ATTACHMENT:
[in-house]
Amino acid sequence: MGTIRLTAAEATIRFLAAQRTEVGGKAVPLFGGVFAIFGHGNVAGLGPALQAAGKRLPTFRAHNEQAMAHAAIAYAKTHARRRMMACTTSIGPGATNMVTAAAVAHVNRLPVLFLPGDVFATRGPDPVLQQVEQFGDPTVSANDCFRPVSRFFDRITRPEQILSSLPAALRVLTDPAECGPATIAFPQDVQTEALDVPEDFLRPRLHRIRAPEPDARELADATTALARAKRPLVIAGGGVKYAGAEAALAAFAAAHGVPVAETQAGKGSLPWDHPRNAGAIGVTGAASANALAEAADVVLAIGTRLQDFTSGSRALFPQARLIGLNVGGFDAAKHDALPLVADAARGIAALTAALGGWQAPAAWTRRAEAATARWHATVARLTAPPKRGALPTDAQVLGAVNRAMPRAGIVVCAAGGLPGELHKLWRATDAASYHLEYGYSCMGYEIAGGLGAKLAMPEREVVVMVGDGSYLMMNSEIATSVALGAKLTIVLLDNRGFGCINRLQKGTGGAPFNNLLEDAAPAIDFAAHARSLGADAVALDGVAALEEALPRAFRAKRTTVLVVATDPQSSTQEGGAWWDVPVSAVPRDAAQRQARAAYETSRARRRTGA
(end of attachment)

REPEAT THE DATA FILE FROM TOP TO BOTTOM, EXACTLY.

[in-house]
Amino acid sequence: MGTIRLTAAEATIRFLAAQRTEVGGKAVPLFGGVFAIFGHGNVAGLGPALQAAGKRLPTFRAHNEQAMAHAAIAYAKTHARRRMMACTTSIGPGATNMVTAAAVAHVNRLPVLFLPGDVFATRGPDPVLQQVEQFGDPTVSANDCFRPVSRFFDRITRPEQILSSLPAALRVLTDPAECGPATIAFPQDVQTEALDVPEDFLRPRLHRIRAPEPDARELADATTALARAKRPLVIAGGGVKYAGAEAALAAFAAAHGVPVAETQAGKGSLPWDHPRNAGAIGVTGAASANALAEAADVVLAIGTRLQDFTSGSRALFPQARLIGLNVGGFDAAKHDALPLVADAARGIAALTAALGGWQAPAAWTRRAEAATARWHATVARLTAPPKRGALPTDAQVLGAVNRAMPRAGIVVCAAGGLPGELHKLWRATDAASYHLEYGYSCMGYEIAGGLGAKLAMPEREVVVMVGDGSYLMMNSEIATSVALGAKLTIVLLDNRGFGCINRLQKGTGGAPFNNLLEDAAPAIDFAAHARSLGADAVALDGVAALEEALPRAFRAKRTTVLVVATDPQSSTQEGGAWWDVPVSAVPRDAAQRQARAAYETSRARRRTGA